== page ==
Leaping the Uncanny Valley

…I took the road less traveled by flaming Nanos and Motorized Office Chairs, and that has made all the difference.

Smoothing out Apple’s cloud.

Tuesday, August 5th, 2008

Well, I’m glad that I didn’t drink the particular flavor of Kool-Aid that is the online cloud of services that used to be overpriced when they were called ‘.mac’, and seem still overpriced (and we have serverspace already, thanks) as MobileMe.

I’e consumed vast uncounted gallons of the many other brands of Apple Kool-Aid, anyway.

I applaud what Apple was trying to do…and there’s certainly a market out there for people who need what MobileMe was supposed to do.

But as you may have heard or read in various distorted ways in the mass media, MobileMe has had its problems…and maybe the best thing Steve Jobs could do is admit those problems, and maybe shuffle some folks around and hope for the best.

Well, ArsTechnica’s Jacqui Cheng is reporting that he has done just that:

“It was a mistake to launch MobileMe at the same time as iPhone 3G, iPhone 2.0 software and the App Store,” [Jobs] says. “We all had more than enough to do, and MobileMe could have been delayed without consequence.” […] “The MobileMe launch clearly demonstrates that we have more to learn about Internet services,” Jobs says. “And learn we will. The vision of MobileMe is both exciting and ambitious, and we will press on to make it a service we are all proud of by the end of this year.”

Well. Yep. Indeed.

And I’m rooting for you, Steve…good luck with the pressing on.

Oh, and by the way…if you’re running Leopard and have a Google account, take a look at Google Calendar‘s free offering which now features complete CalDAV support…which means that you can edit your calendar on a web page, your phone, your iCal app…every darn where. If I had actual places to be and real things to do, this would be hugely useful.

And also in the meantime, I’m admiring our fine first-generation iPhone with the latest 2.01 software (just out today), and this fine phone has been all we wanted it to be and more. It’s just an amazing device, and Apple should be as proud of it (and its 2.0x software) as they are ashamed of MobileMe 1.0.

And in one more parenthetical, I have one word for a fine non-game (yet game-ish) app to load for free on your iPhone or iPod Touch: Bubbles. I can now be distracted like a toddler by bright shiny objects…on my phone!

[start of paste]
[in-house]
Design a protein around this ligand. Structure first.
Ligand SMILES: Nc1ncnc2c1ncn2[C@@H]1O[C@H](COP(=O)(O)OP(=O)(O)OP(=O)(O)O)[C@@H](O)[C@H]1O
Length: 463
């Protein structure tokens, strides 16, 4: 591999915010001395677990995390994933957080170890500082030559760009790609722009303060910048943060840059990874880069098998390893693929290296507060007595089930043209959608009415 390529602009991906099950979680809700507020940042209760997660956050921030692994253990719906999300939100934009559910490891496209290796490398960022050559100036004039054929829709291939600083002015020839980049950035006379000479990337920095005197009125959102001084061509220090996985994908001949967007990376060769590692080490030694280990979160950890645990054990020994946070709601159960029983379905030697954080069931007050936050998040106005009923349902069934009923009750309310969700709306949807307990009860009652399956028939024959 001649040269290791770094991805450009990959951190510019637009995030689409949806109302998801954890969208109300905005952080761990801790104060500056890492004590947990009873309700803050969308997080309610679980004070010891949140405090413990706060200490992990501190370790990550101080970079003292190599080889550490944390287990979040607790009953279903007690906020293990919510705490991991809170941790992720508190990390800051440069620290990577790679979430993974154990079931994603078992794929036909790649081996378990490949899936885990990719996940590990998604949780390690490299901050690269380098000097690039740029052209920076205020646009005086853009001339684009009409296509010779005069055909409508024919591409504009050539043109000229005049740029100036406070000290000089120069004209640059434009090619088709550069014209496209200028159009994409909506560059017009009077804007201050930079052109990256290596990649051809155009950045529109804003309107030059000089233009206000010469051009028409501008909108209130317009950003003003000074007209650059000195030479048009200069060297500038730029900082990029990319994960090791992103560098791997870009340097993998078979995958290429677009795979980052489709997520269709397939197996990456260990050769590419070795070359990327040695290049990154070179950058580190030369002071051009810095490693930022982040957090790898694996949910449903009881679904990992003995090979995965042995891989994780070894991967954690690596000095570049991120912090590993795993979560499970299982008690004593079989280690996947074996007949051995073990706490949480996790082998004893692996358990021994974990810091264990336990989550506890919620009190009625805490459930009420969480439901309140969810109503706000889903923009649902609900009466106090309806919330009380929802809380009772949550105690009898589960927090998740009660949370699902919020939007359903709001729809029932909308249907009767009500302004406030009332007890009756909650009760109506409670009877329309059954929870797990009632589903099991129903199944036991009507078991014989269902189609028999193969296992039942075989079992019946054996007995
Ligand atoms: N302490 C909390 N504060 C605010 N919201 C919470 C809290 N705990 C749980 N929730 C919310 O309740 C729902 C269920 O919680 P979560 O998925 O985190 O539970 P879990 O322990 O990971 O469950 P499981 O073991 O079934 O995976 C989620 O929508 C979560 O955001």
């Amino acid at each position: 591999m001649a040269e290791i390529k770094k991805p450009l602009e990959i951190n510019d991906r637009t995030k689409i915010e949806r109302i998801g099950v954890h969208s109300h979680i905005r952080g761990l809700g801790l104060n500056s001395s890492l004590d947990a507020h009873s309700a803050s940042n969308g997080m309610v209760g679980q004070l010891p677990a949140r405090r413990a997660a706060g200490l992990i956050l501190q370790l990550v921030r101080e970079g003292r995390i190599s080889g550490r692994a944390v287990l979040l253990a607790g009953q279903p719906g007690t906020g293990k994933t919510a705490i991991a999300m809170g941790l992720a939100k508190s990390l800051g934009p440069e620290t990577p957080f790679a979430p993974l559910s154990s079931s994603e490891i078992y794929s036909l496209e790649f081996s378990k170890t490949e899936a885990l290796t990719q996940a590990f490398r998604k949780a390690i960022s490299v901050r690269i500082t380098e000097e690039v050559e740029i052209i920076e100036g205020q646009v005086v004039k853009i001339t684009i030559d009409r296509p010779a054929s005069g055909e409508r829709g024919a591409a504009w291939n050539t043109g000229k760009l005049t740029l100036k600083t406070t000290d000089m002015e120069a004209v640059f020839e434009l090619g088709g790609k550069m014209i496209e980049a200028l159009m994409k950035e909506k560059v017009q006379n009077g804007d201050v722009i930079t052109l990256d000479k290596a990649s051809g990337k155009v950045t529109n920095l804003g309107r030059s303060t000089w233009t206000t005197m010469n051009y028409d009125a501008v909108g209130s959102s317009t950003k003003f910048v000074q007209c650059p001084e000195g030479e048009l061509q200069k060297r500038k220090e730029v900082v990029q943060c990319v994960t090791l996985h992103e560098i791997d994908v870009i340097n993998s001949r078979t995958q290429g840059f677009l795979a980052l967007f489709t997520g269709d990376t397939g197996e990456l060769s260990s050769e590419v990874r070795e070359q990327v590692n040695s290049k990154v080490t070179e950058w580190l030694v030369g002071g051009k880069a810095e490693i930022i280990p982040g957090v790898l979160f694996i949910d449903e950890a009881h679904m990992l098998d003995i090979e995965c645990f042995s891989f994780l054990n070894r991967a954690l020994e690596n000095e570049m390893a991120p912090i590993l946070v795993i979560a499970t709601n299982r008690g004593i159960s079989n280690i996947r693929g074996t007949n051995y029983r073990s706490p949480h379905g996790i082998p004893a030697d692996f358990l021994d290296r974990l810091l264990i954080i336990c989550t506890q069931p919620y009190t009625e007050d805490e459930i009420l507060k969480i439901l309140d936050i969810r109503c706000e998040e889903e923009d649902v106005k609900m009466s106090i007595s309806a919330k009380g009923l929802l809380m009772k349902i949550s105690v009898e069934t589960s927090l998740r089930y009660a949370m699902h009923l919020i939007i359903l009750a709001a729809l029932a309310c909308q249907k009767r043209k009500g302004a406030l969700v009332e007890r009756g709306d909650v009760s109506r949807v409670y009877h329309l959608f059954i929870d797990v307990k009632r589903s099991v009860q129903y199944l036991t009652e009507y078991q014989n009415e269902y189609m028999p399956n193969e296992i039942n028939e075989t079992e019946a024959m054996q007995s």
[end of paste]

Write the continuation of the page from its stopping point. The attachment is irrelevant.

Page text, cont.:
Unkept incidences.

Saturday, August 2nd, 2008

Jane Espenson is a writer and producer on some of my favorite television work of the recent years. She’s done her Fireflys and her Battlestar Galacticas and even her Buffys. And she blogged a bit yesterday about something that, as a caring consumer (and sometimes producer) of the English language, absolutely annoys the heck out of me:

Sir, you mean “unkempt,” not “unkept”. “Whirlwind,” not “worldwind.” You might mean “incidents,” or you might mean “instances,” but you certainly do not mean “incidences.” And, Miss, you must mean “hot on the heels of,” not “hot OFF the heels of.”

And just as I was reading and nodding and feeling all superior over folks who write “for all intensive purposes” and suchlike, she wisely adds:

The only thing wrong with feeling superior about knowing how to use these words is that each of us has a matching supply of words we’re using wrong without even knowing it.

I’ll take her at her word, although I’m not sure where I’ve misplaced my matching supply. I think these kinds of usage errors are a fine indicator of a culture brought up kinda sorta listening to television and hearing-but-not-quite-hearing phrases tossed out…and not bothering to figure out just what was said.

When you pick this stuff up for the first time in, say, a book, the phrase is right there in black and white. But then you may not know how it’s pronounced…until you hear a character in a movie or on TV show say it out loud. (And even then, you may not be getting it just right.)

Her blog, by the way, is a regular in my big ol RSS feed, a consistently entertaining window into the modern world of toiling in television writing.